The section which most interested me was that on the Canaanites. He begins with several dead ends: thinking of it as an OT problem which the NT corrects, the Israelites doing what they thought God commanded them to do but being mistaken about it, and thinking of it as an allegory. As with evil, he does not think that there is a "solution" to the Canaanite problem (86), but he does pass along some perspectives. The first perspective is that of the framework of the OT story. Like other ANE warfare narratives, it includes a rhetorical aspect. If Jesus had been asked about herem (the ban) instead of divorce, would he have said that they had been given it because of their hardness of heart? The Conquest was a limited and one time event. The second framework is that of God's sovereign justice: the Canaanites were wicked. Also, other conquests happened at the direction of God (see Deuteronomy 2). Finally, the third framework is God's plan of salvation, which includes a vision for peace and blessings for the nations.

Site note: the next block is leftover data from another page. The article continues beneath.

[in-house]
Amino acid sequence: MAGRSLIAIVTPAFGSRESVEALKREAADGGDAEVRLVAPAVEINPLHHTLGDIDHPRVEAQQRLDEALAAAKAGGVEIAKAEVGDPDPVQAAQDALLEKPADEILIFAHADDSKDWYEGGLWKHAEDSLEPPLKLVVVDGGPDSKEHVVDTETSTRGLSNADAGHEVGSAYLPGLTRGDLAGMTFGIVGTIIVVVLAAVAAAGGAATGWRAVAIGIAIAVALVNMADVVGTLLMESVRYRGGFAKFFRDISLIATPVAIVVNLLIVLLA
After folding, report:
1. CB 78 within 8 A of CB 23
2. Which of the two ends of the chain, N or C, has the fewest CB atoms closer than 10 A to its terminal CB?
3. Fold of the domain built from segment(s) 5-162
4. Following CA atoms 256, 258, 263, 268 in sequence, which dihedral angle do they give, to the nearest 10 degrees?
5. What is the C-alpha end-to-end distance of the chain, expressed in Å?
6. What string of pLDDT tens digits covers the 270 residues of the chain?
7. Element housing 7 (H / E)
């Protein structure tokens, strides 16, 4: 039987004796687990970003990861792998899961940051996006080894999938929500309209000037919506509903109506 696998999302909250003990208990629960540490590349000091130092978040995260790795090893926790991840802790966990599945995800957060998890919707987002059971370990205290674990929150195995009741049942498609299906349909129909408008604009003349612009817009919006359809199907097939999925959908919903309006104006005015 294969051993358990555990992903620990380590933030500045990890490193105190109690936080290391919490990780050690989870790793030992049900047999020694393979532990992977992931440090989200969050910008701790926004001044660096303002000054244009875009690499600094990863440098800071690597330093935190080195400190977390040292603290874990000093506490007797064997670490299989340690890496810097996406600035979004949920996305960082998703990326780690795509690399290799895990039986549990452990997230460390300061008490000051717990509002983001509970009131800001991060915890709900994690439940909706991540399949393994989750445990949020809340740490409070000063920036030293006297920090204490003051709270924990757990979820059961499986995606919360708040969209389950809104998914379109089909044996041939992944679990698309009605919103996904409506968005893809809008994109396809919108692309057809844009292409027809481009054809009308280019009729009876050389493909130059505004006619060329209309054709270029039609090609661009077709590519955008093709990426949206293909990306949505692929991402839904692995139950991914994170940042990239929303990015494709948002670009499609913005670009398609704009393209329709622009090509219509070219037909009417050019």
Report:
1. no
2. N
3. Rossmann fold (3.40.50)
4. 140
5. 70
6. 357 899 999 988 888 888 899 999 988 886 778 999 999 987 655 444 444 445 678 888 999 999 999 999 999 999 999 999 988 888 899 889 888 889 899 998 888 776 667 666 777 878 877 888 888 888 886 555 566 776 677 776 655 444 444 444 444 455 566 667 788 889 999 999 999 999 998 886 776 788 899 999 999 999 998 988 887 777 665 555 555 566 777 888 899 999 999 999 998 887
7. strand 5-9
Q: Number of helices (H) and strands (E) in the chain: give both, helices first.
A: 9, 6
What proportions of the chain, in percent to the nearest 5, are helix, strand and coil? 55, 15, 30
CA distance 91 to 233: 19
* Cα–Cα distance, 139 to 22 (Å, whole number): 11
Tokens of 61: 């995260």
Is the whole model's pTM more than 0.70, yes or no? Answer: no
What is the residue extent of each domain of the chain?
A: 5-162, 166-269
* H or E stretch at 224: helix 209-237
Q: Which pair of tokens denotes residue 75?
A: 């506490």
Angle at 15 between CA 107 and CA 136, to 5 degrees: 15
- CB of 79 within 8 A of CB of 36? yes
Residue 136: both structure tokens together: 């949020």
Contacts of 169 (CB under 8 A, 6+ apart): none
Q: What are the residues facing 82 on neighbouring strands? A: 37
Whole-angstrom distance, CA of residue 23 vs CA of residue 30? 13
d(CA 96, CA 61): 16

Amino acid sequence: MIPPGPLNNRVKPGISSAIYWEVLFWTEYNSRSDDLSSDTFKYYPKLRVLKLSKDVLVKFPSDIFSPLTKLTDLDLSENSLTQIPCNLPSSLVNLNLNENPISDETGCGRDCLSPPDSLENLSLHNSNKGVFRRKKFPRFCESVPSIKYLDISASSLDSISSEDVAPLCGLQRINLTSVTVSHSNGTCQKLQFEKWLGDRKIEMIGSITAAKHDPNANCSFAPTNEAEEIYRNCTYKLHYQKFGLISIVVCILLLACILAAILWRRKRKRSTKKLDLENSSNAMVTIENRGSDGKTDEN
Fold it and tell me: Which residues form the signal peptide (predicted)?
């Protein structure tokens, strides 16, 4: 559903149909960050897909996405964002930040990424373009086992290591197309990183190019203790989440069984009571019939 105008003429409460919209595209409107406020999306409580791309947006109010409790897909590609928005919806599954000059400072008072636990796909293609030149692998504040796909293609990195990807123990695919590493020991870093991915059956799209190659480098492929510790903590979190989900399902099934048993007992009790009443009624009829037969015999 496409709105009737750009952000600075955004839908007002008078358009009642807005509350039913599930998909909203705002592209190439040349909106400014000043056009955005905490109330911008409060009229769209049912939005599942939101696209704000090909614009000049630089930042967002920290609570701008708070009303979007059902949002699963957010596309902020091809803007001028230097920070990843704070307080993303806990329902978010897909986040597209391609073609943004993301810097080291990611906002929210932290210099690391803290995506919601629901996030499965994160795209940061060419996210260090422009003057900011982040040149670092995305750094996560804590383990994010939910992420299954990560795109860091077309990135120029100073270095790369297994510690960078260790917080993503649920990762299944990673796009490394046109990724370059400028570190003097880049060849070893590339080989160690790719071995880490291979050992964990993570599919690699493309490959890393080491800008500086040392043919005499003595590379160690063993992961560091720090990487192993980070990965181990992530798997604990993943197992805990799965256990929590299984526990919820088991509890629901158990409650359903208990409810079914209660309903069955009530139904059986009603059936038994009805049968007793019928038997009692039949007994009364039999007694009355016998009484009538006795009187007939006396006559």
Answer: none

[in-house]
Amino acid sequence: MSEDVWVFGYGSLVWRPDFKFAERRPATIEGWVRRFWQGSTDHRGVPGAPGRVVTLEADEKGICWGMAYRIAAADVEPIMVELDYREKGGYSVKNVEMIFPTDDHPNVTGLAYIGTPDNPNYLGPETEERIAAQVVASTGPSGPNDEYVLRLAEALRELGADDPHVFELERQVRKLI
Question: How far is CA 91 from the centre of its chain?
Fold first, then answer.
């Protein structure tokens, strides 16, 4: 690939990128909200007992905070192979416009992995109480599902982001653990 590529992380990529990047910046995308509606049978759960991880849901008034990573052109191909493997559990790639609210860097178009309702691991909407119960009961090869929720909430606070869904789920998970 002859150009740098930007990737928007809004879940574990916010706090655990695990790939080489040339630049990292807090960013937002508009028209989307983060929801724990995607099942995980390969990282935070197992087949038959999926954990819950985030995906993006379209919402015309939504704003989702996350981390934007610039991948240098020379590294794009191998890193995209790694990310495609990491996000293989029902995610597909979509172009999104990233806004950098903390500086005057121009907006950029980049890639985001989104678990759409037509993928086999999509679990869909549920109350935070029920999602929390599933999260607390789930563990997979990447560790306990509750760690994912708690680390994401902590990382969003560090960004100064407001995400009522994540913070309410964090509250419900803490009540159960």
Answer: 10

The third area deals with the cross: why is it that Jesus can suffer for us? He defends penal substitution against its British detractors, arguing against the straw man they have set up.